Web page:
Then, a few years later, right after I graduated from college, my dad’s mother had a stroke. I spent several days at the hospital with my family. The aunts and uncles with whom I had spent countless Sundays around Grandma’s dinner table seemed different now. My dad, the oldest, was thoughtful and stoic, while my uncle Andy, the baby of the family, was allowed to cry openly. Upon reflection, although I had seen my father as a sibling, until that time in the hospital, I’m not sure I’d ever really understood him as a son before.

So, with new circumstances, we shift our understanding of the people we have known in our lives. And, this is no less true for those early believers. With the entry of Jesus, and the revelation of who Jesus was – the incarnation of God on earth – the overall understanding of God shifts.

This revelation prompts John to reframe God in this new context, allowing for the eternal co-existence of the Father, Son and Holy Spirit, the three persons of the one God, from the very beginning of creation:

“In the beginning was the Word, and the Word was with God, and the Word was God. He was in the beginning with God.”

From: theewordbecamefleshdotorg.wordpress.com/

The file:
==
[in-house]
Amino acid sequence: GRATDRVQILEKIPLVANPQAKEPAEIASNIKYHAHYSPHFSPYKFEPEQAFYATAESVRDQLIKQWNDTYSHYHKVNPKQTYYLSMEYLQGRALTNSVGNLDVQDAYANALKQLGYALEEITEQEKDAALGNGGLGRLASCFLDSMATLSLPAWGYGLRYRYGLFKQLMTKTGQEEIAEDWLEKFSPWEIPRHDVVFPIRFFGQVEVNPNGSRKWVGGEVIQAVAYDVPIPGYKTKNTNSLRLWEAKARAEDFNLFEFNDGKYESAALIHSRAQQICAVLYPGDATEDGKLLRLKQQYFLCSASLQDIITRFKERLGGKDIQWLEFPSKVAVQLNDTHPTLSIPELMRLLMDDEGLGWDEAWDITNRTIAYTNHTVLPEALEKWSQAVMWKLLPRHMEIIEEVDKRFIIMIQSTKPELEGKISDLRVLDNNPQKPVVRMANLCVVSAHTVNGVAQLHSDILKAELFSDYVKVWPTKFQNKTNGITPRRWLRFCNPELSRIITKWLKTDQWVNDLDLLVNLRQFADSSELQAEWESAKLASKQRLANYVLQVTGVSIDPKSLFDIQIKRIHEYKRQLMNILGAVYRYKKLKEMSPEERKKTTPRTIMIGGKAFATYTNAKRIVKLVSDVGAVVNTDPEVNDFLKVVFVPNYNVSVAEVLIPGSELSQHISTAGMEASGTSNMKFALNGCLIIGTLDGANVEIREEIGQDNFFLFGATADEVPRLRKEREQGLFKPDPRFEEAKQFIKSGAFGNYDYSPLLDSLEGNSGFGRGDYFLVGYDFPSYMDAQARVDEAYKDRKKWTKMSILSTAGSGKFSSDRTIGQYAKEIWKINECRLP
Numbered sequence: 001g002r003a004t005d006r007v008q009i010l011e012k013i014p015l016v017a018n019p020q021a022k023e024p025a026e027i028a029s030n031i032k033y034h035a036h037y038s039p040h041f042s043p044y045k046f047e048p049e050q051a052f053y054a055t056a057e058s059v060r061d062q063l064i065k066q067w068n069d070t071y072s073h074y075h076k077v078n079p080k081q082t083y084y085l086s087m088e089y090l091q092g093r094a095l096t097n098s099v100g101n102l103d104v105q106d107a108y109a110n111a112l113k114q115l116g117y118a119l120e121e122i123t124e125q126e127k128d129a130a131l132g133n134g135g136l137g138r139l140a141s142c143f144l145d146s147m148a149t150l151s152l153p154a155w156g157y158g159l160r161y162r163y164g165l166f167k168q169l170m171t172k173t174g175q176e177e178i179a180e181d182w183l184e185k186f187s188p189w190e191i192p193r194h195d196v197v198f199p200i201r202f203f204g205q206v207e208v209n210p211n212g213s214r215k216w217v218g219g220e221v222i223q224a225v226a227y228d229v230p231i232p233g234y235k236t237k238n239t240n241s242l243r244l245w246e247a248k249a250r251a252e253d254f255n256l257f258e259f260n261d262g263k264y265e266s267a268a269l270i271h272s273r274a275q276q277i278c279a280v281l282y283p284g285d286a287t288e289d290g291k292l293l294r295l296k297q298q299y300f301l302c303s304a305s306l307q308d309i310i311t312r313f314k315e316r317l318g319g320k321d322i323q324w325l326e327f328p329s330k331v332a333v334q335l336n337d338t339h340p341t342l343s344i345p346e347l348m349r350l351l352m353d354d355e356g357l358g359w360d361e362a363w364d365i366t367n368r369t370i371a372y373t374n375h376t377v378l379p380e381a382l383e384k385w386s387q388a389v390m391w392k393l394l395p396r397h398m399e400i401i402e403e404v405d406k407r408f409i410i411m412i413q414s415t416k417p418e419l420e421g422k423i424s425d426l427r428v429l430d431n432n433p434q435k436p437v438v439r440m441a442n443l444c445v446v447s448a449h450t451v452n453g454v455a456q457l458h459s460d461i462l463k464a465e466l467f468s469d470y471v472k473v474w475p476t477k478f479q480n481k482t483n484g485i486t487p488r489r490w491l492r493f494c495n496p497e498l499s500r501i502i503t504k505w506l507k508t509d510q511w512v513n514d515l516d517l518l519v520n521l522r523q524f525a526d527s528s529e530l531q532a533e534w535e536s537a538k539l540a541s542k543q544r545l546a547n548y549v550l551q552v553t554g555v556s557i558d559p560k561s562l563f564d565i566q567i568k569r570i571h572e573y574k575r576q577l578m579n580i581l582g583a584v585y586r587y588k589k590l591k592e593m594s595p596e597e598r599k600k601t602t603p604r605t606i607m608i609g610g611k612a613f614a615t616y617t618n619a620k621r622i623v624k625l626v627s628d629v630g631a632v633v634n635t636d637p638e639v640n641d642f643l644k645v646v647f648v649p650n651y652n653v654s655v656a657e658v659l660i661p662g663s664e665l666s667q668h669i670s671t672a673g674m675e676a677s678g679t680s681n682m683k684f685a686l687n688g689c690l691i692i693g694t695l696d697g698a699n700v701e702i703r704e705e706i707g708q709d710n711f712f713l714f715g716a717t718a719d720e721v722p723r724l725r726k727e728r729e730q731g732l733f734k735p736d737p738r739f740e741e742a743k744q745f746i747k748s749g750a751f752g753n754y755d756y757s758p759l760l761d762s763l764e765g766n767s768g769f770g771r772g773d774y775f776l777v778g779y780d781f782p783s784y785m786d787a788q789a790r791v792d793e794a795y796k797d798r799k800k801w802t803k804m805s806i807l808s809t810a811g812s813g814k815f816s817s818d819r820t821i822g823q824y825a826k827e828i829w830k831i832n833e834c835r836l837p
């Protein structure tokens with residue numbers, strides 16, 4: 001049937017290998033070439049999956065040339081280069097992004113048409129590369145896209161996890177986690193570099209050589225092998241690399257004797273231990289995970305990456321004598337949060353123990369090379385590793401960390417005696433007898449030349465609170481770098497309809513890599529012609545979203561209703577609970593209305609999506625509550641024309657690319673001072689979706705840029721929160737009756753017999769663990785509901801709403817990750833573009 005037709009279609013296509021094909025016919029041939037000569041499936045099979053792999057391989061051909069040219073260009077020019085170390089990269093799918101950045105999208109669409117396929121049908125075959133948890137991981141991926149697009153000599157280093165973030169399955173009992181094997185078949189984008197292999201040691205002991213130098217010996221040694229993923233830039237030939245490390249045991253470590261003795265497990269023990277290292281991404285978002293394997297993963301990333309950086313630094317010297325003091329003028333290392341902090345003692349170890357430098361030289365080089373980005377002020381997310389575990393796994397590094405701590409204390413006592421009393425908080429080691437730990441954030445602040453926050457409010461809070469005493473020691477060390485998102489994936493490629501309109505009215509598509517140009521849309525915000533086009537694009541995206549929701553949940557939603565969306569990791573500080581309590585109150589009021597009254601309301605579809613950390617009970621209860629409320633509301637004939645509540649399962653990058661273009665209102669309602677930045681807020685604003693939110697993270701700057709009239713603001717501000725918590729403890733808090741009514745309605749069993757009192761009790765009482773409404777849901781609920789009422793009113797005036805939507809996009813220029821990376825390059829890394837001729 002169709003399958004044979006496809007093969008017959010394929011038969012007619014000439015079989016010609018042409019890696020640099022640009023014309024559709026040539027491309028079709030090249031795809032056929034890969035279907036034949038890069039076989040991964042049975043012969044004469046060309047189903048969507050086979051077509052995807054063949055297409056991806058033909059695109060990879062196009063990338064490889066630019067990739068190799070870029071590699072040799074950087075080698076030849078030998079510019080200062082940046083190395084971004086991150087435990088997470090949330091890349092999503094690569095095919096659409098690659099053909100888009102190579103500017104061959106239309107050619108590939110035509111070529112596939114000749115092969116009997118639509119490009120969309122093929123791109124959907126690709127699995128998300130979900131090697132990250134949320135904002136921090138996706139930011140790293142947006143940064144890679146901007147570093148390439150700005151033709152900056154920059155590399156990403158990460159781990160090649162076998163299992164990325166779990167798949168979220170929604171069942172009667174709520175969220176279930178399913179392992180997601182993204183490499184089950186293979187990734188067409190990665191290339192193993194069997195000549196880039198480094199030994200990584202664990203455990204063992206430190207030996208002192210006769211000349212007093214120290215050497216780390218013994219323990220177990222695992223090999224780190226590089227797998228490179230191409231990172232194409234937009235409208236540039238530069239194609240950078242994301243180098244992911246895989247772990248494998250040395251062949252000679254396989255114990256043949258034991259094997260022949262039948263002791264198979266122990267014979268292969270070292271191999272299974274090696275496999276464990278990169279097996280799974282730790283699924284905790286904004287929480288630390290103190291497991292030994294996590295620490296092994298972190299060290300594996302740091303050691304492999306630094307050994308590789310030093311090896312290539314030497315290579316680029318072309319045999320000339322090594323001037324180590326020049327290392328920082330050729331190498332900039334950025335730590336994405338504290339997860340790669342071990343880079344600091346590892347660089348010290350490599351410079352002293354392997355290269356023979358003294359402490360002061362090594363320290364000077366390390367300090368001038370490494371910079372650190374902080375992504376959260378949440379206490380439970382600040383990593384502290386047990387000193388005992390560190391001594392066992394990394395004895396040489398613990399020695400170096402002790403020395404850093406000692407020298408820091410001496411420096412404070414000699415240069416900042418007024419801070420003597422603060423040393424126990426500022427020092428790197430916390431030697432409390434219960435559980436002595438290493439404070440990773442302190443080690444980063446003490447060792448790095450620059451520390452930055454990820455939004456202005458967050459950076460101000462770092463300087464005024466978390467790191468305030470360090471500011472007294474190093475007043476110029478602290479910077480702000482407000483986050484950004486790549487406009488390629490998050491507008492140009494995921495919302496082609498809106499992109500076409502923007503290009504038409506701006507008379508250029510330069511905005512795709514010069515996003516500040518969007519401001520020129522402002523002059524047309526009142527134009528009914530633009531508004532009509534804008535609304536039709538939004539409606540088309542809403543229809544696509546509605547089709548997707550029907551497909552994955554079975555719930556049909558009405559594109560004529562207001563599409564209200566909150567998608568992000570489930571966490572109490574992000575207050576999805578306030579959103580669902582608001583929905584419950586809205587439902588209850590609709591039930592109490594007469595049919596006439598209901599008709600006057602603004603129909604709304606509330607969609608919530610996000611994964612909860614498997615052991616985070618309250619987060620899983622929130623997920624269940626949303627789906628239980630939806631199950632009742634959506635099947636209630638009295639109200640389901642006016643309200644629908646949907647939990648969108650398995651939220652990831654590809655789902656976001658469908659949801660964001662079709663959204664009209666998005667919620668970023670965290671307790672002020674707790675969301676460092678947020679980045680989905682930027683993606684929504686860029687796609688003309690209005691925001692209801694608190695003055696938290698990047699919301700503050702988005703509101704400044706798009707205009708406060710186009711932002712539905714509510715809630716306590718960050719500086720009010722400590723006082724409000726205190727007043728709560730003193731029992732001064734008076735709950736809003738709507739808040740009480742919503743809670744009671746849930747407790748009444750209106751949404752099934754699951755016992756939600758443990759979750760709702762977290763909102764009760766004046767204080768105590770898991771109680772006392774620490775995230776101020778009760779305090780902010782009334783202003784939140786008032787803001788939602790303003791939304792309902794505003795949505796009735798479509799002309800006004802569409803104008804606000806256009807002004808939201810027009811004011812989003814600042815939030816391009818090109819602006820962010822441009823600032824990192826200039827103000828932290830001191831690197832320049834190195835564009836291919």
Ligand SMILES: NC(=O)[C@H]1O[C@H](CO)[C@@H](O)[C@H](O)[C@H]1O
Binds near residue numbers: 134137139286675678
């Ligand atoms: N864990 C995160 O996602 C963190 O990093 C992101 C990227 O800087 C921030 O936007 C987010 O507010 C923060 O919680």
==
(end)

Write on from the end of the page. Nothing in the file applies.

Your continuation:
From: theewordbecamefleshdotorg.wordpress.com/

In this opening verse, John’s gospel doesn’t identify Jesus by name, but refers to him as The Word, λόγος (logos). Logos means the reasoning; the thought or the plan. The use of the word logos explains the purpose of this incarnation of God in flesh. God came in human form to provide for us a clearer understanding of God – to provide more directly the reasoning; the thought; the plan of God for us.

John states that the Word existed at the beginning of all things, and nothing has come into being without it. So, before the heavens and the earth were created, before the “Let there be light” moment in God’s creation, the reasoning was there (wherever there is). In this reasoning was life, and the life was the light of all people. The light shines in the darkness, and the darkness did not overcome it.

So, from the very beginning, God’s plan was for us to have life; vitality; vigor. [After the long day yesterday, I’m not sure how much vigor I have right now, but I trust God will pull me through!]

The image associated with life is that of light. Darkness, on the other hand, is used to portray those who do not understand God’s reasoning or plan – it represents unknowing. John’s gospel says:

He was in the world, and the world came into being through him; yet the world did not know him. He came to what was his own, and his own people did not [receive] him. But to all who received him, who believed in his name, he gave power to become children of God…

By believing, we receive the power or the choice to become children of God. So, like many things in our life, it’s a choice. We are given the ability, if we look and listen to The Word, that is, to Jesus, to comprehend God’s plan.